Pope and the rest of the Sherwood staff believe that design engineers will have to become more acclimated to the pattern part itself, designing the part in 3-D.
The increased use of CAD also may mark the return of casting drawings. Casting drawings show where the parting lines are, from where the drafts are generated and all the finished stock. The split line may be made differently at various shops. While frequent design changes are expensive to document on hand-drawn prints, computer plotters can render a complex CAD print in minutes.
Determining where the parting lines will go is left up to the patternmaker. In this regard, Anderson believes foundry patternshop experience is invaluable to would-be CAD operators.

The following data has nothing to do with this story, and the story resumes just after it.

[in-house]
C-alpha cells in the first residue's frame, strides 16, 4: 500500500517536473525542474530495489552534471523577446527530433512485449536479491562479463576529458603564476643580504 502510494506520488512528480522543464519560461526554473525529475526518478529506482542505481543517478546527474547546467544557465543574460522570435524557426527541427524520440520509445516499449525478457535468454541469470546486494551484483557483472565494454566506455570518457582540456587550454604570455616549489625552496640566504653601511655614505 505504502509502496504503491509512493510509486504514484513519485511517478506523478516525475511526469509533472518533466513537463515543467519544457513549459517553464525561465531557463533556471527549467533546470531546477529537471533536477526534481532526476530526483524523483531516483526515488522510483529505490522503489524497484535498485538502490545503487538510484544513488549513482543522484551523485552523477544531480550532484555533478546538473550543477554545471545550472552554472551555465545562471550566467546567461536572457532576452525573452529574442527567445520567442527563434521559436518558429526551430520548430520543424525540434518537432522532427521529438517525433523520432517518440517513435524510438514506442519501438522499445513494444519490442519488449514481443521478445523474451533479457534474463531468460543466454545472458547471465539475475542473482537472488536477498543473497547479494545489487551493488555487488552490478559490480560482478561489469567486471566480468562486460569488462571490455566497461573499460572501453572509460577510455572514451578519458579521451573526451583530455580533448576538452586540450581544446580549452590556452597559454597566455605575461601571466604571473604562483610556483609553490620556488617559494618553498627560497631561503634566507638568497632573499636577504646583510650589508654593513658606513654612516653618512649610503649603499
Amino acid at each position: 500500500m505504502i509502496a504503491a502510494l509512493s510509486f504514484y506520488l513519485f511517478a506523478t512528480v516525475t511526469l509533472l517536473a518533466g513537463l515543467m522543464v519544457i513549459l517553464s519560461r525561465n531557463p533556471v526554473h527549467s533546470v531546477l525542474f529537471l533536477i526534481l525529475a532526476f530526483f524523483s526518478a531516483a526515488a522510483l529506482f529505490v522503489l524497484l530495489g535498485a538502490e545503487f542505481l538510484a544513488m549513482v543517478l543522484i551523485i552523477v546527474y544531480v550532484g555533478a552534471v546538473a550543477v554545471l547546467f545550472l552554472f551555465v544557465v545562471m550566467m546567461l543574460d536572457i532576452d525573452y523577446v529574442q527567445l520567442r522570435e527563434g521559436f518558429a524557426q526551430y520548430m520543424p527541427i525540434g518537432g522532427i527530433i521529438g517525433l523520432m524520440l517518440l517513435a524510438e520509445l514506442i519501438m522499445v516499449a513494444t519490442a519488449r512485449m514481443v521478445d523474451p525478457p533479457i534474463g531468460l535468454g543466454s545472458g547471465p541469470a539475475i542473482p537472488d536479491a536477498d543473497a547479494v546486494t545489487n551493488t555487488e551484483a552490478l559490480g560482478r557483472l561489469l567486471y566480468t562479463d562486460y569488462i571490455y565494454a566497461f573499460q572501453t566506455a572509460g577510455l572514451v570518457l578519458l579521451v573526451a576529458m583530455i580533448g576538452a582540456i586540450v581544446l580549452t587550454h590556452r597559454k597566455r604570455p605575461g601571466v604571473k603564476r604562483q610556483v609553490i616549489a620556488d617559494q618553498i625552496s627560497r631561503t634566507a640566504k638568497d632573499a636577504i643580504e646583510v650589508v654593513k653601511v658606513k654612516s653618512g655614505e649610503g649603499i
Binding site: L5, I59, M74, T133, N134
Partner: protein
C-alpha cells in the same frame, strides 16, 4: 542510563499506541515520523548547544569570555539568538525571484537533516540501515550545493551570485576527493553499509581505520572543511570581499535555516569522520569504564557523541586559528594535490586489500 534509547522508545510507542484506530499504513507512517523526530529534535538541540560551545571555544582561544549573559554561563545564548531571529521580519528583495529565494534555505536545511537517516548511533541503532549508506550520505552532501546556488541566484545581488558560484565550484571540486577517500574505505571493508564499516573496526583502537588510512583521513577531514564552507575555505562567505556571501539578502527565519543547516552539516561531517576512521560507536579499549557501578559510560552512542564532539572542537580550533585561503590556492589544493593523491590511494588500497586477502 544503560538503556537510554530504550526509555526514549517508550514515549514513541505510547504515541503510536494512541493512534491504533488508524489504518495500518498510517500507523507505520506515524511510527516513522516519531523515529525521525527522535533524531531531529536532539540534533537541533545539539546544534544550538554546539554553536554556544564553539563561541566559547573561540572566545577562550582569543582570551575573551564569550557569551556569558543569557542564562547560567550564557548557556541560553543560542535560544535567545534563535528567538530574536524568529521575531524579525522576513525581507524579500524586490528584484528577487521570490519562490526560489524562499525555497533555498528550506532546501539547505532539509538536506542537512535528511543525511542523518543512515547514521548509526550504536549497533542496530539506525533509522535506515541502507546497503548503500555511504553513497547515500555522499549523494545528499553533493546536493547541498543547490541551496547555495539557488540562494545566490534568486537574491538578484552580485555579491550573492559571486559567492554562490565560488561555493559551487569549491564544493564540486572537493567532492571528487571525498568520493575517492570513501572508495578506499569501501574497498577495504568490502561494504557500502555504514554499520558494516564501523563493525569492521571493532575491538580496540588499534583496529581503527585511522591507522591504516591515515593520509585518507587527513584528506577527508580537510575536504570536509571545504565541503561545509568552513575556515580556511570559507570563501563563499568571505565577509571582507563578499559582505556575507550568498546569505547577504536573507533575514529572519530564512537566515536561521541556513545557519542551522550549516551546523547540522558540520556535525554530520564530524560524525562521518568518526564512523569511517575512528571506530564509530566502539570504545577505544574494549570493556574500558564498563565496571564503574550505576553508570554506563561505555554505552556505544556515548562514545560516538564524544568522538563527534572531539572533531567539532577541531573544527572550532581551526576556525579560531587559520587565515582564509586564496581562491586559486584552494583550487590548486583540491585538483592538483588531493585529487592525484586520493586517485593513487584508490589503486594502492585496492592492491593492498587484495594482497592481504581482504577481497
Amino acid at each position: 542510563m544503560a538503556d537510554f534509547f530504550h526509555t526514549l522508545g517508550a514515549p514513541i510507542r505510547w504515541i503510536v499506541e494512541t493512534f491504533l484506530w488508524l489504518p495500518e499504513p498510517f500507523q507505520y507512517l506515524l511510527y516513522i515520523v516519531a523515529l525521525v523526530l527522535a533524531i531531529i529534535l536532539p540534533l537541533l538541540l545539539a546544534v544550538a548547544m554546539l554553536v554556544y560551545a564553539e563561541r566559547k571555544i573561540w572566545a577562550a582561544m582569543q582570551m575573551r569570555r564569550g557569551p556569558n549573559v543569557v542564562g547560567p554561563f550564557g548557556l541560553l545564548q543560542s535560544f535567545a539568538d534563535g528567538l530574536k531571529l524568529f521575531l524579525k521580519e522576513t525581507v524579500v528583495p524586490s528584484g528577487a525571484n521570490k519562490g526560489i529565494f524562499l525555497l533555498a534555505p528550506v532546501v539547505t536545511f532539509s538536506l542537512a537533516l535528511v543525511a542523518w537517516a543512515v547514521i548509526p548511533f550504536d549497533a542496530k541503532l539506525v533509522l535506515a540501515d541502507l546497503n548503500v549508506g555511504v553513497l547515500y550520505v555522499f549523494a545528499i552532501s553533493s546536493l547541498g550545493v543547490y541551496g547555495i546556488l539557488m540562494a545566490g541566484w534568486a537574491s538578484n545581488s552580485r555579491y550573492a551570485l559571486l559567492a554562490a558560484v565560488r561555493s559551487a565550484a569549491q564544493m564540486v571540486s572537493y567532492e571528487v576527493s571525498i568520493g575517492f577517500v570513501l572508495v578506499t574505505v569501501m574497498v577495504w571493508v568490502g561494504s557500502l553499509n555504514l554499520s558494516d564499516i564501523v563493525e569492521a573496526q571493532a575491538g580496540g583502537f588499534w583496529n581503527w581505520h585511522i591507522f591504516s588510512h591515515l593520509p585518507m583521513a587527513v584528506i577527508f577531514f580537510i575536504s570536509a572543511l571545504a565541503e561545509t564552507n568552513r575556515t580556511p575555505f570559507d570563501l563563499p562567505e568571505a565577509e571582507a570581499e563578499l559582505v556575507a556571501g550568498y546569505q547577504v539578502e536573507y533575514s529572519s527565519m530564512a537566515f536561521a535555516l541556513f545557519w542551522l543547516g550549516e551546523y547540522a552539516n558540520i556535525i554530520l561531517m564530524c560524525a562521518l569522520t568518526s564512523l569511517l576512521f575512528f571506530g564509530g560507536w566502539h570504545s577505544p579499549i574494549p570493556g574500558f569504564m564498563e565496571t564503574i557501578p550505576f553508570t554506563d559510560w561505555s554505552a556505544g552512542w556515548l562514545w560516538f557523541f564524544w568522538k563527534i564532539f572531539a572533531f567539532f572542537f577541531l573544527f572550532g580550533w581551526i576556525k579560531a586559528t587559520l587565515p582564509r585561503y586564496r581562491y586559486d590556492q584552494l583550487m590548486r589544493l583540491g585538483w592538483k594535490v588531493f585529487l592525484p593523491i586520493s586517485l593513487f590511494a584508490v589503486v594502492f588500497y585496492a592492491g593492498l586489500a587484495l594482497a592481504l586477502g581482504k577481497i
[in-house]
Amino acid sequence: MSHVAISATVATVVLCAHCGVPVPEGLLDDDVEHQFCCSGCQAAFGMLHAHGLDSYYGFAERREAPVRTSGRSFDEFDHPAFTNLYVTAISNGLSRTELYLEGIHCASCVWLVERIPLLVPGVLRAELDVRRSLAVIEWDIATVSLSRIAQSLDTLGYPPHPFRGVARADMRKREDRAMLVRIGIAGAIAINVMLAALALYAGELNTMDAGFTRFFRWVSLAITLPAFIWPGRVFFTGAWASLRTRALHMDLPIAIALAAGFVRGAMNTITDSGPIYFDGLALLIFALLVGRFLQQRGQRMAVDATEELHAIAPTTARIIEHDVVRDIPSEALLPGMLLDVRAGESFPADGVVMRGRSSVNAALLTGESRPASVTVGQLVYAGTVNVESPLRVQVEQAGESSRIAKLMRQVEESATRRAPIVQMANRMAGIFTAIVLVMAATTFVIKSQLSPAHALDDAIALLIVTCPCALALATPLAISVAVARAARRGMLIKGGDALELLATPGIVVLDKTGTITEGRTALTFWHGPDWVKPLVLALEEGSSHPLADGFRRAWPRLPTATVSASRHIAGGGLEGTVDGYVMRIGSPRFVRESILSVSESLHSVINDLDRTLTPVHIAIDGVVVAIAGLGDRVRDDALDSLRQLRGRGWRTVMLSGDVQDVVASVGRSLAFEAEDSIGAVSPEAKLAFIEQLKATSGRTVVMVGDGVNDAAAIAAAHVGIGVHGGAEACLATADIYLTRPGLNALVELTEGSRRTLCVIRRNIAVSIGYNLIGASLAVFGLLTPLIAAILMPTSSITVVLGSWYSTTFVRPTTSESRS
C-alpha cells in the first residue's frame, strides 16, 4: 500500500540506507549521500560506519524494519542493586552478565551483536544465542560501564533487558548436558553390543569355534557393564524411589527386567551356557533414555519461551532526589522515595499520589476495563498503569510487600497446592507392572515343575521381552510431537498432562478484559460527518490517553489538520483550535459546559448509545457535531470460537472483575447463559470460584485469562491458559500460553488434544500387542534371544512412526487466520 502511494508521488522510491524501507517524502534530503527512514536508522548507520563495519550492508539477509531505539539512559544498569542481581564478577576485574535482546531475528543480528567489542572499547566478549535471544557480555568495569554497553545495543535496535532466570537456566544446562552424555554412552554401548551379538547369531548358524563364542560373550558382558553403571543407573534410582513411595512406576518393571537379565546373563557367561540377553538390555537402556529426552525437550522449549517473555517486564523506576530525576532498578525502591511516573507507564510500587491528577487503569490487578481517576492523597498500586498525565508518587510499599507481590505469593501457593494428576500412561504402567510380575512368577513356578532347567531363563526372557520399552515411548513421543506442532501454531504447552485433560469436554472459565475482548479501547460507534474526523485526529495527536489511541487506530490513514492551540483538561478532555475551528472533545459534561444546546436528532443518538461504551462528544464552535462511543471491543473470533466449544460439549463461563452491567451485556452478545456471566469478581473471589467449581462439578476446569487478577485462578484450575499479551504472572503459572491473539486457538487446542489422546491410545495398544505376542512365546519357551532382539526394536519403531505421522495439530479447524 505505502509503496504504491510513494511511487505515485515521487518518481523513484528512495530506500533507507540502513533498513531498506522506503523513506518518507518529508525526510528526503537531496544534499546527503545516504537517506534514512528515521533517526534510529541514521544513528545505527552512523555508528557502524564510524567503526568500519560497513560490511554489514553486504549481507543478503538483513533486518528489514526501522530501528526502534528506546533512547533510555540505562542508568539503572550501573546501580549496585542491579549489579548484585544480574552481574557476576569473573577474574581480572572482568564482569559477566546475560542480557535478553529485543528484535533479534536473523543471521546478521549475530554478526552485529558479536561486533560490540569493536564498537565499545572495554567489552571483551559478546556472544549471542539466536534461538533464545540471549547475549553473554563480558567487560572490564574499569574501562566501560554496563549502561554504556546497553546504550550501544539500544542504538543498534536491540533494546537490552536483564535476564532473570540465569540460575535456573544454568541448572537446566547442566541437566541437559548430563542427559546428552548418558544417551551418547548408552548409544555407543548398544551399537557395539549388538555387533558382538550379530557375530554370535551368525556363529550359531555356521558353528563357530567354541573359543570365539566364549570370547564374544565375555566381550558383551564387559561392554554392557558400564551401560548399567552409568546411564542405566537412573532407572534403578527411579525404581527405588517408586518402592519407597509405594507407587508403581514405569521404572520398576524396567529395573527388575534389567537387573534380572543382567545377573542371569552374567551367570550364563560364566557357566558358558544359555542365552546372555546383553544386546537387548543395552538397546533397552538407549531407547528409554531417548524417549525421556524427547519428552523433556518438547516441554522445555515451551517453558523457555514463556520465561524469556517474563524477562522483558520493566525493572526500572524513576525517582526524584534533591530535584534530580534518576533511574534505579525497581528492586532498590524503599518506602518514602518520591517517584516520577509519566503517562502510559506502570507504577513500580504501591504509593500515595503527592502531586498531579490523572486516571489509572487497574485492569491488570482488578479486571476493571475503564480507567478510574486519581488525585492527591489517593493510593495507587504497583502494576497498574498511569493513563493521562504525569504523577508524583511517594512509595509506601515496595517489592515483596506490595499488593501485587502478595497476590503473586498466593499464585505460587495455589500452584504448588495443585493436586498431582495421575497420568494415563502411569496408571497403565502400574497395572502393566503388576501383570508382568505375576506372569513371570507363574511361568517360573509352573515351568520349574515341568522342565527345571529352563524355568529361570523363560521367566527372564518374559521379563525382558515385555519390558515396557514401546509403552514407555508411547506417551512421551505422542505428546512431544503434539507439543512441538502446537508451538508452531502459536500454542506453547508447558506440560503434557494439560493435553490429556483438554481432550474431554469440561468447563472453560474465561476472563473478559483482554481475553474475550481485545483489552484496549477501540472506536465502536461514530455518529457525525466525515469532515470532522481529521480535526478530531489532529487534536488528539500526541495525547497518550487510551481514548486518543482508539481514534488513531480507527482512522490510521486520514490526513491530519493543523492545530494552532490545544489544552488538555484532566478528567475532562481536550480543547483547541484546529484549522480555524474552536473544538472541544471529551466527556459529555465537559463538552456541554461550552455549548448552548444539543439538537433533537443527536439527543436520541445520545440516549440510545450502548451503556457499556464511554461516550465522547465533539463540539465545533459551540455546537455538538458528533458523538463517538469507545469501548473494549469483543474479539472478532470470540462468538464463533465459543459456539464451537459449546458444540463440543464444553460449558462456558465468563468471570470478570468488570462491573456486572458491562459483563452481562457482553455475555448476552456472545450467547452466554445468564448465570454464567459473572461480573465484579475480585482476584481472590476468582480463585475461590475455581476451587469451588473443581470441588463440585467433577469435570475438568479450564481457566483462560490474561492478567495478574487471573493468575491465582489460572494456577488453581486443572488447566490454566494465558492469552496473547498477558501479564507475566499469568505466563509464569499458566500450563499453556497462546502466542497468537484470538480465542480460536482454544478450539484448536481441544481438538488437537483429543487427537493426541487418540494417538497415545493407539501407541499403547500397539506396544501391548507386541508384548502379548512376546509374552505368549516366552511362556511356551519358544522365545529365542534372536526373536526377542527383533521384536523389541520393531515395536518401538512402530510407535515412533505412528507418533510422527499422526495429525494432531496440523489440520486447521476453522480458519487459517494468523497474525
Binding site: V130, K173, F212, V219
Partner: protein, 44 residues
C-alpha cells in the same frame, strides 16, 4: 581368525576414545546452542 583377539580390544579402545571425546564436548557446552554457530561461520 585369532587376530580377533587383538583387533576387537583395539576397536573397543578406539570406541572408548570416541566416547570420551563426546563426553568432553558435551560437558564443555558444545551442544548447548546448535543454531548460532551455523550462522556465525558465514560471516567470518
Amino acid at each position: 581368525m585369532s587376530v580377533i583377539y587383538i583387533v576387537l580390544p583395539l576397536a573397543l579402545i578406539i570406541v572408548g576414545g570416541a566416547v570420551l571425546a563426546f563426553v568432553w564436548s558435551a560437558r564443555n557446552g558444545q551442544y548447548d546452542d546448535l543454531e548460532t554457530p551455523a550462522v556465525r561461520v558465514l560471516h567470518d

"CAD/CAM graduates don't have the practical knowledge of how the part will be built," he said. "We are always dealing with partings, drafts running in opposite directions and metal walls. Even the engineer who designed the original part doesn't always know what he or she will end up with. They give you their concept and then you have to make it work."
CAD/CAM has evolved to the point where the entire surface can be machined. Says Anderson: "In its infancy, those using CAD/CAM did the easy stuff. Where a compound-angle surface came into another angled surface, they just stopped--they couldn't do the fillet between the two surfaces. Even today, a lot of the systems don't handle the fillets real well. But today we can create the surface and program the cutter ball to the precise position required to create the fillet."
Another major concern which has pushed patternshops to adopt CAD/CAM technology is the increasingly tighter tolerances demanded by the automakers.